AFSecurity: 5G Security
5G networks promise to transform industries and our digital society by providing enhanced capacity, higher data rates, lower battery for machine-type devices, higher availability and reduced power consumption. In this talk, we visit 5G security architecture & outline potential security challenges in deployed networks.
5G Security & Challenges
|DATE: Tuesday 10 September 2019
PLACE: Kristan Nygaards Hall (Room 5370), IFI, UiO - OJD House .
- TALK: 5G Security & Challenges
SPEAKER: Ravi Borgaonkar (SINTEF)
ABSTRACT: 5G networks promise to transform industries and our digital society by providing enhanced capacity, higher data rates, lower battery for machine-type devices, higher availability and reduced power consumption. In a way, 5G will act as a vehicle to drive much needed digital transformation race and will push the world into the information age. In addition, 5G can be used to replace the existing emergency communication network infrastructures. However, with a higher speed and low latency, higher bandwidth availability attacks and attack surface will also be increased. In addition, in coming years, 5G may become the national critical infrastructure itself, thereby requiring new requirements, regulations, and policies to safeguard the national security interests. In this talk, we visit 5G security architecture & outline potential security challenges in deployed networks. We use previously known and severe telecom security attacks examples to demonstrate potential risks of 5G. Finally, the talk will cover future research directions to minimize security risks to build 5G enabled information transportation superhighways.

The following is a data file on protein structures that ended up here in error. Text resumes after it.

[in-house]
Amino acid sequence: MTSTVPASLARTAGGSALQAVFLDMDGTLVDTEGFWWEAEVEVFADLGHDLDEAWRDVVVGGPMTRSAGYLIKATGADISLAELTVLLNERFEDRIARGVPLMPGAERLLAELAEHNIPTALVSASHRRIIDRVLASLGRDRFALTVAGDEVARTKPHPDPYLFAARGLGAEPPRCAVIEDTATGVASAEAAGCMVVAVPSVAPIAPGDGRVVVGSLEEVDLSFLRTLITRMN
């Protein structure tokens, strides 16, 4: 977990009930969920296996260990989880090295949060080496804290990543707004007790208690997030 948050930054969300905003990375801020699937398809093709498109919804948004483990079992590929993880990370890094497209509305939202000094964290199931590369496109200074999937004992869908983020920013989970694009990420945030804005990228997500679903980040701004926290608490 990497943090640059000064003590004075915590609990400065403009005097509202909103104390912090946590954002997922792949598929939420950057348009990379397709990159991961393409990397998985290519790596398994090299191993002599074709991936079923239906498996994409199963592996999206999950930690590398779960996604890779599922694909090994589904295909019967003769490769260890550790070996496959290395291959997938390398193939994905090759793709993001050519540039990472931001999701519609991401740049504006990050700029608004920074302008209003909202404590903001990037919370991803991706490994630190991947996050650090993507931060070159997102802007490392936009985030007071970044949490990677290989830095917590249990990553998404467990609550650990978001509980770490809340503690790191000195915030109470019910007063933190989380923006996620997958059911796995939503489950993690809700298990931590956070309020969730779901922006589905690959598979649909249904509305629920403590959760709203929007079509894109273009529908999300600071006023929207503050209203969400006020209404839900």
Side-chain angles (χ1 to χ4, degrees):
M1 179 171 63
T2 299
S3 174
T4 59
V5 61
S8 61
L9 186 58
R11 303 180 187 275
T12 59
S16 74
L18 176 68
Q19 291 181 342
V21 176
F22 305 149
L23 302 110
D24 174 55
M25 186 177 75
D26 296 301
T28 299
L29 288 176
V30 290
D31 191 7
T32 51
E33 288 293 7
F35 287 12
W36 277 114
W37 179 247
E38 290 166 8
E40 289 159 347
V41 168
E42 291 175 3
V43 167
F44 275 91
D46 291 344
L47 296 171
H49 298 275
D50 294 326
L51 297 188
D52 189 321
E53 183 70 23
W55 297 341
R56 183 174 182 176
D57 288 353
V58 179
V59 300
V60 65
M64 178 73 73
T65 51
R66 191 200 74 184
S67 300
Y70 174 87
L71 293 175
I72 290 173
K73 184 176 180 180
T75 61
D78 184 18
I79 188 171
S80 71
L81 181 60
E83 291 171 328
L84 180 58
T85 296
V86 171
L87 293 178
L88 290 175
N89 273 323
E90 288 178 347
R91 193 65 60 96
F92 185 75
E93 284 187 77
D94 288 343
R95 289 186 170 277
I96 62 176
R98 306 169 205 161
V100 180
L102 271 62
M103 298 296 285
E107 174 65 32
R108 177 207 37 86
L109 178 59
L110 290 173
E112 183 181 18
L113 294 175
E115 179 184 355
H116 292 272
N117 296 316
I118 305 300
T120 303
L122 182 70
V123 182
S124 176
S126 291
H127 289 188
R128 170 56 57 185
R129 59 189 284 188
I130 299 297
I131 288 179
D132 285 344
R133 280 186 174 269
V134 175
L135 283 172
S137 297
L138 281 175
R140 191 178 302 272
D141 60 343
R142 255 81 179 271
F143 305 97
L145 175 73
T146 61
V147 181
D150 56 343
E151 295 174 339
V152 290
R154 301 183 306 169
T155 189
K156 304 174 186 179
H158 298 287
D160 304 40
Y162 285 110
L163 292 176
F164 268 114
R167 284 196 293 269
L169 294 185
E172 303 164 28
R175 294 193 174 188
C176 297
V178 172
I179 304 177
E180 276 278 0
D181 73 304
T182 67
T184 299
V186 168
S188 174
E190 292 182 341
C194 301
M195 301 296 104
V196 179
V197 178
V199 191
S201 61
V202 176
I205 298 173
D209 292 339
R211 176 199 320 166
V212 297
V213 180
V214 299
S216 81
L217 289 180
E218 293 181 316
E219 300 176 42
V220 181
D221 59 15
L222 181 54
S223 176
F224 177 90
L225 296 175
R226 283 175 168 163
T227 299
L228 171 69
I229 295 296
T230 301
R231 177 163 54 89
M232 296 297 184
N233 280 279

Dr. Ravishankar Borgaonkar works as a research scientist at SINTEF Digital and undertakes research in securing next generation digital communication. He holds a PhD in telecommunication security area from Technischen Universität Berlin (TU Berlin, 2013). His primary research themes are related to mobile telecommunication networks and security threats for the next generation of digital communication, ranging from 2G/3G/4G/5G network security to end-user device security. He has extensive experience as a security researcher (Deutsche Telekom's lab, Intel Collaborative Research Institute for Secure Computing at Aalto University, University of Oxford), focusing lately on 5G security research.